The burden of a widespread disease
Cardiovascular diseases—such as heart attacks, strokes and peripheral arterial disease—are the leading cause of death globally. Cardiovascular disease (CVD) accounts for 17.3 million deaths per year globally1, and it accounts for about one in every three deaths in the United States.2 Unfortunately, after decades of a steady decline, mortality in the U.S. due to CVD has plateaued, and is increasing for some demographics.3 Approximately every 40 seconds, an American will have a heart attack.4 Few aren’t touched by the disease in some way, either personally or through friends, family and colleagues who have the disease. Due to improved survival after acute cardiovascular events such as heart attacks, cardiovascular disease is increasingly a chronic disease. Living with CVD has profound, lifelong negative consequences for people, their families and caregivers.
In addition to the impact that cardiovascular diseases have on individuals’ lives, the costs of CVD to society continue to rise. The disease accounts for $1 trillion in direct healthcare spending globally and more than $350 billion in the U.S.5, or about $1 out of every $6 spent on healthcare.6
At The Medicines Company, we have a singular and relentless focus on the greatest global healthcare challenge and burden today – atherosclerotic cardiovascular disease (ASCVD).
The link between ASCVD and LDL-C (bad cholesterol)
Atherosclerotic cardiovascular disease (ASCVD) is the leading cause of CVD morbidity and death. Cumulative exposure to low-density lipoprotein (LDL) cholesterol, also known as LDL-C or bad cholesterol, over a lifetime causes ASCVD and is the most readily modifiable risk factor.7 LDL-C is a waxy substance that accumulates in artery walls over time. Accumulation of LDL-C in the walls of arteries causes atherosclerosis. In the early stages of ASCVD, this process occurs silently without people experiencing any symptoms. Over time, as the disease progresses, people may develop symptoms as a result of reduced blood flow. Often, however, people do not experience any symptoms until the atherosclerotic plaque unexpectedly ruptures and causes a heart attack or stroke.
According to the American Heart Association, about one in three American adults has high levels of LDL-C.8 Overwhelming evidence demonstrates that lower LDL-C is simply better. It’s not only the level of LDL-C that matters; LDL-C needs to be consistently low over time to reduce the risk of a heart attack or stroke.9 This is particularly important in people who have already had a heart attack or stroke because they are at an even higher risk of another event.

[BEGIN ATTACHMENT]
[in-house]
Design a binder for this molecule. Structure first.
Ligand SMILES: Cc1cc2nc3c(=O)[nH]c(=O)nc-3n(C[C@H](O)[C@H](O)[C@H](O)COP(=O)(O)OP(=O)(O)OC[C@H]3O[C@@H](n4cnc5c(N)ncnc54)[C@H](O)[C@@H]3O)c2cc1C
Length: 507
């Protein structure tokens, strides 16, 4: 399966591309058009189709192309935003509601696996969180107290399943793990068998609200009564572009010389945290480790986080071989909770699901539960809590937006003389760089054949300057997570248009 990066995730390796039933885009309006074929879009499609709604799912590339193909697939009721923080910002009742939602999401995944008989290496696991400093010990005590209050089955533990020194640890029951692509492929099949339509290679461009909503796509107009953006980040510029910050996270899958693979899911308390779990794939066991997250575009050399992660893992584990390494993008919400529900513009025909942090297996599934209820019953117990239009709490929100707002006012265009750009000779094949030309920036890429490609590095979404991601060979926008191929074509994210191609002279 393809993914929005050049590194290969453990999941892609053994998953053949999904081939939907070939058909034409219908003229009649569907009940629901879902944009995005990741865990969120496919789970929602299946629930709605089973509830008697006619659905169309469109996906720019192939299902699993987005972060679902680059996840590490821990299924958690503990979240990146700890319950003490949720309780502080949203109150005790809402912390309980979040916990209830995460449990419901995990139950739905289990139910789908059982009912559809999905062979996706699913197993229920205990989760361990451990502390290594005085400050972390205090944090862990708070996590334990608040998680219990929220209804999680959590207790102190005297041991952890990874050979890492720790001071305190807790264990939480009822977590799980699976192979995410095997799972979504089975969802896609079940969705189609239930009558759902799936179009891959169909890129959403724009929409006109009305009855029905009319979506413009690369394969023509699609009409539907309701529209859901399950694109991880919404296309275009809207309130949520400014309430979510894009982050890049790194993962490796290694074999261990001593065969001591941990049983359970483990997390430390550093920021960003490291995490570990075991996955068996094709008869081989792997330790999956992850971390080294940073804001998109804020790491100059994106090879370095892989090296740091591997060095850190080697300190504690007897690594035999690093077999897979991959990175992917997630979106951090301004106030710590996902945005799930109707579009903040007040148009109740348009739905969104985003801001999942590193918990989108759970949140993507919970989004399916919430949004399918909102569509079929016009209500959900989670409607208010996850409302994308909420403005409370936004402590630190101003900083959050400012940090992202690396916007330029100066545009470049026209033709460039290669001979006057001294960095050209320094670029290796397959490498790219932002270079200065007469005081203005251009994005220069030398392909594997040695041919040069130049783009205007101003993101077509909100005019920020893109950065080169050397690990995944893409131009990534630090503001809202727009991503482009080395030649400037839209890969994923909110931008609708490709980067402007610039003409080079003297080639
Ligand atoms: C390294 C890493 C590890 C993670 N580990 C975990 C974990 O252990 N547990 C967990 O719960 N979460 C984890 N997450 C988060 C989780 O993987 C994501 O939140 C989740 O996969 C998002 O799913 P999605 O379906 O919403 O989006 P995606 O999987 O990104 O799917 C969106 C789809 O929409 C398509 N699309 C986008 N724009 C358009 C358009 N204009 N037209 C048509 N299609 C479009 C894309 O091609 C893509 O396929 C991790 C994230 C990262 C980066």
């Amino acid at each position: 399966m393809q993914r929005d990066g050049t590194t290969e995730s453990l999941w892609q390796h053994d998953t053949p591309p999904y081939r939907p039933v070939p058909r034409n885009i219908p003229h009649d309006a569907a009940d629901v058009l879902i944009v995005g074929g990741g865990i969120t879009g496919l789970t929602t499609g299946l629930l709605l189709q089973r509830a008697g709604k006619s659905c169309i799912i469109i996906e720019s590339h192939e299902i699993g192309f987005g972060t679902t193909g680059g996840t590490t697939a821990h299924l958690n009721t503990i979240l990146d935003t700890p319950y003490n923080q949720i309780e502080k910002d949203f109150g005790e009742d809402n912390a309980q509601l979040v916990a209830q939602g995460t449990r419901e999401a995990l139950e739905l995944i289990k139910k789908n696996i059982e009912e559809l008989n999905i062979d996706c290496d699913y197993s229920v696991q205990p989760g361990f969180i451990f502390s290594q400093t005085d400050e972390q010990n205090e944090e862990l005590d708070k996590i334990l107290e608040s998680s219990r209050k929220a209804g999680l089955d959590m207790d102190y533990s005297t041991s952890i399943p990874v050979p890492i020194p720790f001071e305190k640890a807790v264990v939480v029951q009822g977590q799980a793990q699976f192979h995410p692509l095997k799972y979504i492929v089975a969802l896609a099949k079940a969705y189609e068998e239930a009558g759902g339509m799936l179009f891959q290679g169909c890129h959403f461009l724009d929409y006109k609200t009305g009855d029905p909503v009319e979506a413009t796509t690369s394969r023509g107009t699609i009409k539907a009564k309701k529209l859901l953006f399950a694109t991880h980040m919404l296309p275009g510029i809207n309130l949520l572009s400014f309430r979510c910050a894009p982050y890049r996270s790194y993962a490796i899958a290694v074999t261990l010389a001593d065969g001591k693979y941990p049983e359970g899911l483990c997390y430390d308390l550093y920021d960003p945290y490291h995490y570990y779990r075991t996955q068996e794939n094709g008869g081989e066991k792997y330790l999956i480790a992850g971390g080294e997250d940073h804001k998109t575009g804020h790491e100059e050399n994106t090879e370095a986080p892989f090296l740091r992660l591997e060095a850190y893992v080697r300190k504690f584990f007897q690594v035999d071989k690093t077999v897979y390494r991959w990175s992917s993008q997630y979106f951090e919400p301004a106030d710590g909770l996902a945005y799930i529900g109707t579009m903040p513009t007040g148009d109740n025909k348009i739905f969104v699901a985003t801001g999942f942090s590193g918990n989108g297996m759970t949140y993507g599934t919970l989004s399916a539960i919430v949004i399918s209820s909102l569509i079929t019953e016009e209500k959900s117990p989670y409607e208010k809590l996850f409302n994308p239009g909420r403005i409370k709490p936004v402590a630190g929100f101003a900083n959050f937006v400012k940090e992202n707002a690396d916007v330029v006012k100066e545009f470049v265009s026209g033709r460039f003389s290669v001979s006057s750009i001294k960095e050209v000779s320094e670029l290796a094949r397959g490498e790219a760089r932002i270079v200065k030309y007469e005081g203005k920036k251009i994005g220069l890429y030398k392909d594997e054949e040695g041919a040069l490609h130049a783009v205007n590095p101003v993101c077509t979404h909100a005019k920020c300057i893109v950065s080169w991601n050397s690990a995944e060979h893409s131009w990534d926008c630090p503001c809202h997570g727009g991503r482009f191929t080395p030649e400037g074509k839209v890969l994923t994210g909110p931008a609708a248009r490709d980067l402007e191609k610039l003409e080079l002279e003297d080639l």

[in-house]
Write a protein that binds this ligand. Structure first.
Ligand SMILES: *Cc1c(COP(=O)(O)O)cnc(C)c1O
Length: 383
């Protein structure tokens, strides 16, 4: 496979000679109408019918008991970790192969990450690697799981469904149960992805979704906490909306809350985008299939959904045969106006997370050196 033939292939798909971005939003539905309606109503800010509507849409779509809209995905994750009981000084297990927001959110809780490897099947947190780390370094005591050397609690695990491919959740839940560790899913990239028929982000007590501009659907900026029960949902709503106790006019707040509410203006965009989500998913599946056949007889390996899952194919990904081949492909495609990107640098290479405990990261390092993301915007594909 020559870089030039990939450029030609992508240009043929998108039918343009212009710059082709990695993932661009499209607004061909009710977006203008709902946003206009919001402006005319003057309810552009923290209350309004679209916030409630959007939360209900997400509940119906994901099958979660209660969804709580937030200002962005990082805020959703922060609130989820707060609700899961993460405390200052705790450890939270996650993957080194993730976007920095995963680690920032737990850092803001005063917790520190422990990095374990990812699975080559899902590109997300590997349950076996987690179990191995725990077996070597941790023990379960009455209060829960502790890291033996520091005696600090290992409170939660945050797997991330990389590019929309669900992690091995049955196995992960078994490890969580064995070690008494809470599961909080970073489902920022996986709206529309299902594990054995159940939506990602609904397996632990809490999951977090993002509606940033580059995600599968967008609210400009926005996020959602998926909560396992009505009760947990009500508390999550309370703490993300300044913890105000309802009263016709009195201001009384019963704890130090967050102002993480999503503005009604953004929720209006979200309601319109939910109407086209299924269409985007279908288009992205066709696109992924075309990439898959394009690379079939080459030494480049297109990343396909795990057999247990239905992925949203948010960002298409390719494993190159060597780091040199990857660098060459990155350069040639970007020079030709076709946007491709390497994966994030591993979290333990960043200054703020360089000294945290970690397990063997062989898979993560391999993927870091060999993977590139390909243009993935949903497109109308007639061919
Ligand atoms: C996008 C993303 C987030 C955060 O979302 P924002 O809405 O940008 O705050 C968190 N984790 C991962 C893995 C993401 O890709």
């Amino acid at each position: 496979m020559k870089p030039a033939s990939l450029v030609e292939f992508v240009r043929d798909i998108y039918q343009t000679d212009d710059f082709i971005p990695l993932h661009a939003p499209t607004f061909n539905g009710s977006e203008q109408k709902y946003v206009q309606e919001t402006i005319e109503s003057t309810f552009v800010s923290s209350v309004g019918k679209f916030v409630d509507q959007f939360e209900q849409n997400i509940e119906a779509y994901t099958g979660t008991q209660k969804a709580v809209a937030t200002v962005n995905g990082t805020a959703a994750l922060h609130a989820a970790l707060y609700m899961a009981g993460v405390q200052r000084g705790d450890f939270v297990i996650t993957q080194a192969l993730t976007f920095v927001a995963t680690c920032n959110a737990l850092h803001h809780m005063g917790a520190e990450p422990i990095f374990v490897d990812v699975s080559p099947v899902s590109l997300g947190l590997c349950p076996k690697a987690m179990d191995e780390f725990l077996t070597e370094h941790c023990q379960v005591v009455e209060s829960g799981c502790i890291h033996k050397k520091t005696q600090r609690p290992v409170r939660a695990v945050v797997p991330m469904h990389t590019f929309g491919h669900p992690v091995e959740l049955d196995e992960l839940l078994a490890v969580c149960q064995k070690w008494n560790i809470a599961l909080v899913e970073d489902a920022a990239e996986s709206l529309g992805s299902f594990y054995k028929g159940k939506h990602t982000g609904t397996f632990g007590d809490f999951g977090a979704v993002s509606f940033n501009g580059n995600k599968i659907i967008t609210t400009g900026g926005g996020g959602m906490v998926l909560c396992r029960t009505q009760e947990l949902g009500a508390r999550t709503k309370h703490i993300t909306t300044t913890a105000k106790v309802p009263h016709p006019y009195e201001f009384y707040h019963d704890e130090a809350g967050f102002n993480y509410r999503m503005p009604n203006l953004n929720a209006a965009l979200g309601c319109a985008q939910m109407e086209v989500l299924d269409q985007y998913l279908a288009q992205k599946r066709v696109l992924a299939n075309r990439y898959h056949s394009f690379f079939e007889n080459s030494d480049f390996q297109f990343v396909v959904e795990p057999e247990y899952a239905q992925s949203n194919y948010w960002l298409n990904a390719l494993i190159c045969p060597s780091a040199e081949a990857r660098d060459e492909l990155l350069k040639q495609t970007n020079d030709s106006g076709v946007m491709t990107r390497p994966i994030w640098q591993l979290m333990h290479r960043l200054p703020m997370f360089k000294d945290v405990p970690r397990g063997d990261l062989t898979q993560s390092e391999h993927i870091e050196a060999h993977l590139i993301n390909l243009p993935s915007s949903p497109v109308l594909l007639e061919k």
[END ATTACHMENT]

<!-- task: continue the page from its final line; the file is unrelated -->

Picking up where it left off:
Unmet medical need for lowering LDL-C
Lifestyle adjustments, such as modifying diet and exercise can improve cardiovascular health. However, many people struggle to maintain a healthy lifestyle, and lifestyle improvements alone may not be enough – particularly for people with a high risk of CVD. In addition, despite available therapies proven to be safe and effective at lowering LDL-C, many people don’t receive appropriate or sufficient treatment. This is partly because people may not know their LDL-C levels.
In addition, many people do not take prescribed therapies as directed. Poor adherence to therapies that require frequent administration undermines treatment success. Even when people take their oral therapies as prescribed, not all reach their LDL-C goals. For example, in patients with ASCVD, high-dose oral combination therapies leave about one out of six people in need of additional therapy to bring down their LDL-C to adequate levels.10
Missed opportunities in CVD
- Failure to make risk factor modifications (e.g., a 10% increase in treating LDL-C or in preventive aspirin could prevent 8,000 deaths annually)
- Failure to elicit and follow people’s goals
- Failure to diagnose (e.g., 20-40% of heart attacks occur in undiagnosed patients)
- Failure to use proven first-line treatments (43-67% of patients are non-adherent to statins after one year)
For information about LDL-C or bad cholesterol, and what can be done to more effectively manage it and lower risk of cardiovascular disease, learn more from these resources:
- 1 McClellan M et al, AHA Presidential Advisory, Call to Action: Urgent Challenges in Cardiovascular Disease, January 2019.
- 2 American Heart Association. Heart Disease and Stroke Statistics, 2019 update.
- 3 McClellan M et al, AHA Presidential Advisory, Call to Action: Urgent Challenges in Cardiovascular Disease, January 2019.
- 4 American Heart Association. Heart Disease and Stroke Statistics, 2019 update.
- 5 American Heart Association. Heart Disease and Stroke Statistics, 2019 update.
- 6 McClellan M et al, AHA Presidential Advisory, Call to Action: Urgent Challenges in Cardiovascular Disease, January 2019.
- 7 Goldstein J et al, A century of cholesterol and coronaries: From plaques to genes to statins, Cell, March 2015.
- 8 American Heart Association. Heart Disease and Stroke Statistics, 2019 update.
- 9 Baigent C et al, Efficacy and safety of cholesterol-lowering treatment: prospective meta-analysis of data from 90,056 participants in 14 randomised trials of statins, Lancet, October 2005.
- 10 Cannon C et al, Simulation of lipid-lowering therapy intensification in a population with atherosclerotic cardiovascular disease, JAMA Cardiology, September 2017.